Phytophthora blight has become one of the most serious threats to the vegetable industry. Managing this disease is challenging, because the oomycete pathogen responsible, Phytophthora capsici, can move rapidly through crop fields, has a wide host range, is resistant to many commonly used fungicides, and produces resilient spores that can survive in soil for up to 10 years. Recent studies have demonstrated that biochar amendments can suppress infection by many soil-borne pathogens—indicating that these amendments could have the potential to help control phytophthora blight. In this study, greenhouse trials were conducted to determine whether two commercially available biochar amendments could suppress P. capsici infection in sweet bell pepper (Capsicum annuum) using three naturally infested field soils. Soil biological and chemical assays were conducted to evaluate whether potential changes induced by biochar amendments were correlated with suppressive activity. Amending soil with a biochar product that included a proprietary mix of beneficial microorganisms and enriched substrates resulted in lower soil P. capsici abundance in all soils, and lower percent root infection in two of the soils tested. This product also resulted in higher soil pH, and lower soil nitrogen availability and leaf chlorophyll content. The other biochar product did not suppress P. capsici, and had few effects on soil chemical and biological properties. Results of this study indicate that some commercially available biochar amendments have the potential to help mediate phytophthora blight, but further trials are needed to confirm that suppressive effects will be observed in field trials. Additional research is also recommended to identify the mechanisms regulating biochar-mediated suppression of phytophthora blight to develop products that can reliably suppress soil-borne diseases in the field.
Nathan Shoaf, Lori Hoagland and Daniel S. Egel
Dan TerAvest, Jeffrey L. Smith, Lynne Carpenter-Boggs, Lori Hoagland, David Granatstein and John P. Reganold
Synchronizing the supply of plant-available nitrogen (N) from organic materials with the N needs of apple trees is essential to cost-effective organic apple production. Tree growth and organic matter mineralization are affected by orchard floor management. This study examines the effects of three orchard floor management systems, cultivation, wood chip mulch, and a legume cover crop, on the accumulation and partitioning of compost-derived N in young apple (Malus domestica Borkh.) trees at different compost application dates across two growing seasons. Compost enriched with 15N was applied to apple trees in April, May, and June of 2006 and 2007, and trees were excavated in Sept. 2007 to determine the fate of labeled compost N. Trees with wood chip mulch had significantly greater dry weight and N accumulation in vegetative tree components than trees with cultivation or legume cover. Fruit yields were similar between cultivation and wood chip treatments despite less vegetative growth under cultivation, as these trees partitioned more dry weight into fruit (44%) than wood chip mulch trees (31%). Nitrogen-use efficiency by trees was lower with a living legume cover crop than in other treatments due to competition for resources. In the cover crop aboveground biomass, 20% to 100% of the N was derived from compost. In comparison, only 5% to 40% of N in the decomposing wood chip mulch originated from compost. Tree reserves were an important source of N for spring fruit and leaf growth in all treatments, but significantly more so for trees in the cultivation treatment. Fruit and leaves were strong sinks for compost N early in the season, with trees allocating 72% of spring N uptake into leaves and fruit. In the summer, N uptake increased improving compost N-use efficiency. Summer N was preferentially allocated to perennial tissues (71%), bolstering N reserves. Trees with wood chip mulch performed well and had greater capacity to build N reserves, making wood chips ideal for establishing young organic apple orchards. However, as the orchard matures, it may be beneficial to switch to a groundcover that reduces tree vegetative growth.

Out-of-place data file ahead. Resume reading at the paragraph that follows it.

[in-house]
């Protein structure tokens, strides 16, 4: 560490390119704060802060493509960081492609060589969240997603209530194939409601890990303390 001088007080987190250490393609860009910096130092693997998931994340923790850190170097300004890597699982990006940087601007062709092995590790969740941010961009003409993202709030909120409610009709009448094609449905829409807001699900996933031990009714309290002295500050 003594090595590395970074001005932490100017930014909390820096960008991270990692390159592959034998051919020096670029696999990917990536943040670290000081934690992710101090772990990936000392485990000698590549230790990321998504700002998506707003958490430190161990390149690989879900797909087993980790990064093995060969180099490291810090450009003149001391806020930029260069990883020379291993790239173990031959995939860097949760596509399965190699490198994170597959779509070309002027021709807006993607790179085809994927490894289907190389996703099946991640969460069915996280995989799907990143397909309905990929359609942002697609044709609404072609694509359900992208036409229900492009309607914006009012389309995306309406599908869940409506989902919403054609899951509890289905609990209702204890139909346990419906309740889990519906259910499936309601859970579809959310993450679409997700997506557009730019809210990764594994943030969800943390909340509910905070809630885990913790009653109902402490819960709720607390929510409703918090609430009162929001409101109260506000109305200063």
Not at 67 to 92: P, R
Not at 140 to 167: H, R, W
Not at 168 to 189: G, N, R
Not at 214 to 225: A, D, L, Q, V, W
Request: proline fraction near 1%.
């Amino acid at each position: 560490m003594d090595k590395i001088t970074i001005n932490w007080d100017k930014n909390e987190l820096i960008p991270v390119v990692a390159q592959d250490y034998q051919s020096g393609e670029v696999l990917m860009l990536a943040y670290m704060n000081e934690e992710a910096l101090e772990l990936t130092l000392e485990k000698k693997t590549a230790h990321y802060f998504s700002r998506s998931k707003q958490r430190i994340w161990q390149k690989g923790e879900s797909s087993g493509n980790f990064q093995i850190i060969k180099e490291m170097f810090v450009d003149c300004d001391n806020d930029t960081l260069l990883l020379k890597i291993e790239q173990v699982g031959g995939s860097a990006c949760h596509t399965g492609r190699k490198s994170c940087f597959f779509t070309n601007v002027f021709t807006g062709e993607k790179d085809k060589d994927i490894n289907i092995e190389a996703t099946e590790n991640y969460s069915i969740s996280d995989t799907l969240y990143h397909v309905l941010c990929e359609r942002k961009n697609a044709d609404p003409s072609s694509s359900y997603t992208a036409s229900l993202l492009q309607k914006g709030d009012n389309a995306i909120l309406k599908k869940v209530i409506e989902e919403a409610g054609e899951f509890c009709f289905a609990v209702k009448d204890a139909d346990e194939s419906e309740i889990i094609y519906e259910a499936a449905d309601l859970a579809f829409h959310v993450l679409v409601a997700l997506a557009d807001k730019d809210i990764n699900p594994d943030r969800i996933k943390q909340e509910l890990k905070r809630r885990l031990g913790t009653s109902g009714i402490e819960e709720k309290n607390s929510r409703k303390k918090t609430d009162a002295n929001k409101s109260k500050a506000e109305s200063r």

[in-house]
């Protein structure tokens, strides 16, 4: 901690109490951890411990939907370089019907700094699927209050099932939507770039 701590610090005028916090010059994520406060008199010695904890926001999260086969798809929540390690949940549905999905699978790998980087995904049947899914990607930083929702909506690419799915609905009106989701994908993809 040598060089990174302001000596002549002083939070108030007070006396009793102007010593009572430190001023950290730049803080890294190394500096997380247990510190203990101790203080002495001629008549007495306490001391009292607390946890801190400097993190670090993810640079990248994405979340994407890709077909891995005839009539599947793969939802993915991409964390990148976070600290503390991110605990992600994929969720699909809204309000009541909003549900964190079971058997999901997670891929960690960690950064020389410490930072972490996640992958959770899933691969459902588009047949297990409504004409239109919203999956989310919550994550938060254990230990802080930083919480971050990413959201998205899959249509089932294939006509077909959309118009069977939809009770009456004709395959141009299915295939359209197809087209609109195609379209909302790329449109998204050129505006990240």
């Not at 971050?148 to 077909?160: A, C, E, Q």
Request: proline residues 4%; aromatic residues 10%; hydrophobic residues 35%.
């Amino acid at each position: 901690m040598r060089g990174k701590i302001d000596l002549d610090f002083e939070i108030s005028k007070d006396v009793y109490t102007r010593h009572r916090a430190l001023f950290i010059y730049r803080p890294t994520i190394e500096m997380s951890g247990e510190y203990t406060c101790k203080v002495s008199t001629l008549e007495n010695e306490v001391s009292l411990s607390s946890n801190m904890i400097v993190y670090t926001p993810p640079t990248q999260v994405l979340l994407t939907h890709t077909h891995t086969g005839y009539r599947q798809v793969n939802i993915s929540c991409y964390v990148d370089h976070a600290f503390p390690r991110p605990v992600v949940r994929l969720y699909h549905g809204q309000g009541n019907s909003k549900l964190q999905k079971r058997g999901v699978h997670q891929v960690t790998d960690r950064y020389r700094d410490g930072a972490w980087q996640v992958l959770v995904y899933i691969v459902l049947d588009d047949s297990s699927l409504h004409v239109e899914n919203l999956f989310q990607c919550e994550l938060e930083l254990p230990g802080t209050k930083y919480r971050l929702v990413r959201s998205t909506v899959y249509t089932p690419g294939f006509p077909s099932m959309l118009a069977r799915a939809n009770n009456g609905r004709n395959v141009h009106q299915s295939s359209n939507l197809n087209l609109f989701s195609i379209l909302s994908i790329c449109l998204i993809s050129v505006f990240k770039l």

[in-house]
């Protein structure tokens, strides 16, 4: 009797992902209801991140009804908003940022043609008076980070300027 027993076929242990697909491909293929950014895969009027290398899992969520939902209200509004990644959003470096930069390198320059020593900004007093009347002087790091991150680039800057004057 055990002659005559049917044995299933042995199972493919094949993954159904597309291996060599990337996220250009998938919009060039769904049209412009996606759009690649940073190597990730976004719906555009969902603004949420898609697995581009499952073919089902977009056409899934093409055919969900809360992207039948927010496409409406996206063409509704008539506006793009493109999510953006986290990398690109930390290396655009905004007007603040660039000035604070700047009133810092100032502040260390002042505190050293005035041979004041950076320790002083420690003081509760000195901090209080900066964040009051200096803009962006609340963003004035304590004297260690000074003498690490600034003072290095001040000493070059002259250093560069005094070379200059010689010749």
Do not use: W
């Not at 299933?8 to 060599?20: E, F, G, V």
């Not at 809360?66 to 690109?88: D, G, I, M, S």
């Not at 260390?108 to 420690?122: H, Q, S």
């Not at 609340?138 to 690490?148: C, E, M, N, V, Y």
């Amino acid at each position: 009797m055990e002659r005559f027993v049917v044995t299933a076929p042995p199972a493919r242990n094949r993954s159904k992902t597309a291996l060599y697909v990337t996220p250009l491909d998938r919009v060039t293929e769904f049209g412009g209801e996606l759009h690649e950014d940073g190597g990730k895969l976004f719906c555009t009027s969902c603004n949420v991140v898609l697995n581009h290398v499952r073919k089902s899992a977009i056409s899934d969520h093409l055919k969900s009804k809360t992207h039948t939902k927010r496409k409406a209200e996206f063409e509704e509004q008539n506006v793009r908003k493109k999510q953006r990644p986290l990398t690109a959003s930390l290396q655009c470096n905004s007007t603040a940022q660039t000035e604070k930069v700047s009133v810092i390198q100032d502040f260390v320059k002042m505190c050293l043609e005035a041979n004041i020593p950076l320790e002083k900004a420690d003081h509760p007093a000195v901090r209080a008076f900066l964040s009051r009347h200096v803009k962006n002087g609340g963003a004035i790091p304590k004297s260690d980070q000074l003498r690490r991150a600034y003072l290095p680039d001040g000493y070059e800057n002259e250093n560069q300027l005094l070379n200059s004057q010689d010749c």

Lori Hoagland, Lynne Carpenter-Boggs, David Granatstein, Frank Peryea, Jeff Smith and John Reganold
Organic orchards represent a significant and growing component of Washington state agriculture. Comparison studies have shown that organic apple systems can be equally profitable yet more environmentally sustainable than their conventional counterparts. Despite this success, sustainable methods of weed control, fertility, and soil quality stabilization and improvement have remained a challenge. Intensive cultivation is commonly used to control weeds in organic orchards. This can lead to reduced or degraded soil organic matter, structure, water infiltration, aerated pore space, and other soil productivity parameters. In addition, tillage accelerates nutrient cycling and can result in the loss of valuable nutrients from the system. To address the need for sustainable organic methods of weed management, an integrated study of alternative understory management options was established in a newly planted orchard in 2005. Weed control measures included efficient tillage using a Wonder weeder, organically approved herbicide, wood chip mulch, and living cover mulches. Three rates of nitrogen (low, medium, and high) were applied across the Wonder weeder, wood chip, and living cover mulch plots in order to determine ideal N fertility rate. Analyses of total C and N and N-15 in organic fertilizers, soil pools, living cover biomass, and tree leaves are being used to track N and C cycling and partitioning, N-use efficiency, soil quality, and to determine optimal fertility guidelines. Preliminary results indicate intense competition between living mulch understory and orchard trees, and a trade-off may exist between maximizing soil quality and orchard productivity.